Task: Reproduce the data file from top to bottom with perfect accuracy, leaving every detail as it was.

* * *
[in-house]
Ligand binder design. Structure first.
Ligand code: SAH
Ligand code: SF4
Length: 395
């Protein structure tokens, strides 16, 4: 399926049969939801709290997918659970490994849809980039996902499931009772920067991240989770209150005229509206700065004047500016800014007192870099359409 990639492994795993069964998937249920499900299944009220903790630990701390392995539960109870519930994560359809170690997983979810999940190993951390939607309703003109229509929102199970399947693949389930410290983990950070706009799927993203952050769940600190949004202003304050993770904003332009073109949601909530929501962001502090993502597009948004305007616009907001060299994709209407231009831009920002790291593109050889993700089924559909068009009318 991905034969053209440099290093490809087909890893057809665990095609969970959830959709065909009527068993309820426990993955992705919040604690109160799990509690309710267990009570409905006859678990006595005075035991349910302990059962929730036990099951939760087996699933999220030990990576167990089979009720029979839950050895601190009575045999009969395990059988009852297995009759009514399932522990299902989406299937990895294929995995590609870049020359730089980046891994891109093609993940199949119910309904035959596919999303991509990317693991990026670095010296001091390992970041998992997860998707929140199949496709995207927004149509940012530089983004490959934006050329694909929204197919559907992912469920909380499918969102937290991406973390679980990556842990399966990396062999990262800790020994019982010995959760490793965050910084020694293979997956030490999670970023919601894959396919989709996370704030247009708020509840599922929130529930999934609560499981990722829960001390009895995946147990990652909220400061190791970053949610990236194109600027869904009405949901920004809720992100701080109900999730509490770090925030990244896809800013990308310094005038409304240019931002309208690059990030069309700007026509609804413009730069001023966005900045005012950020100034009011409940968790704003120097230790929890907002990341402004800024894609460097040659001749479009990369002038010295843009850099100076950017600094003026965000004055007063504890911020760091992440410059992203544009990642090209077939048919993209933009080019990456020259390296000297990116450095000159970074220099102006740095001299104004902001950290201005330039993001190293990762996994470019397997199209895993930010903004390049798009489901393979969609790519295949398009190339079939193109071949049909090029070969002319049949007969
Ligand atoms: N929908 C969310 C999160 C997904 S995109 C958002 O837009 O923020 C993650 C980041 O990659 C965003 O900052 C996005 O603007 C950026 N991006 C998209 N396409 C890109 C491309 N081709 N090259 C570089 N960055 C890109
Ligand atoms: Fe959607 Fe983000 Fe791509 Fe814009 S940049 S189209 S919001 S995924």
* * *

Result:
[in-house]
Ligand binder design. Structure first.
Ligand code: SAH
Ligand code: SF4
Length: 395
């Protein structure tokens, strides 16, 4: 399926049969939801709290997918659970490994849809980039996902499931009772920067991240989770209150005229509206700065004047500016800014007192870099359409 990639492994795993069964998937249920499900299944009220903790630990701390392995539960109870519930994560359809170690997983979810999940190993951390939607309703003109229509929102199970399947693949389930410290983990950070706009799927993203952050769940600190949004202003304050993770904003332009073109949601909530929501962001502090993502597009948004305007616009907001060299994709209407231009831009920002790291593109050889993700089924559909068009009318 991905034969053209440099290093490809087909890893057809665990095609969970959830959709065909009527068993309820426990993955992705919040604690109160799990509690309710267990009570409905006859678990006595005075035991349910302990059962929730036990099951939760087996699933999220030990990576167990089979009720029979839950050895601190009575045999009969395990059988009852297995009759009514399932522990299902989406299937990895294929995995590609870049020359730089980046891994891109093609993940199949119910309904035959596919999303991509990317693991990026670095010296001091390992970041998992997860998707929140199949496709995207927004149509940012530089983004490959934006050329694909929204197919559907992912469920909380499918969102937290991406973390679980990556842990399966990396062999990262800790020994019982010995959760490793965050910084020694293979997956030490999670970023919601894959396919989709996370704030247009708020509840599922929130529930999934609560499981990722829960001390009895995946147990990652909220400061190791970053949610990236194109600027869904009405949901920004809720992100701080109900999730509490770090925030990244896809800013990308310094005038409304240019931002309208690059990030069309700007026509609804413009730069001023966005900045005012950020100034009011409940968790704003120097230790929890907002990341402004800024894609460097040659001749479009990369002038010295843009850099100076950017600094003026965000004055007063504890911020760091992440410059992203544009990642090209077939048919993209933009080019990456020259390296000297990116450095000159970074220099102006740095001299104004902001950290201005330039993001190293990762996994470019397997199209895993930010903004390049798009489901393979969609790519295949398009190339079939193109071949049909090029070969002319049949007969
Ligand atoms: N929908 C969310 C999160 C997904 S995109 C958002 O837009 O923020 C993650 C980041 O990659 C965003 O900052 C996005 O603007 C950026 N991006 C998209 N396409 C890109 C491309 N081709 N090259 C570089 N960055 C890109
Ligand atoms: Fe959607 Fe983000 Fe791509 Fe814009 S940049 S189209 S919001 S995924």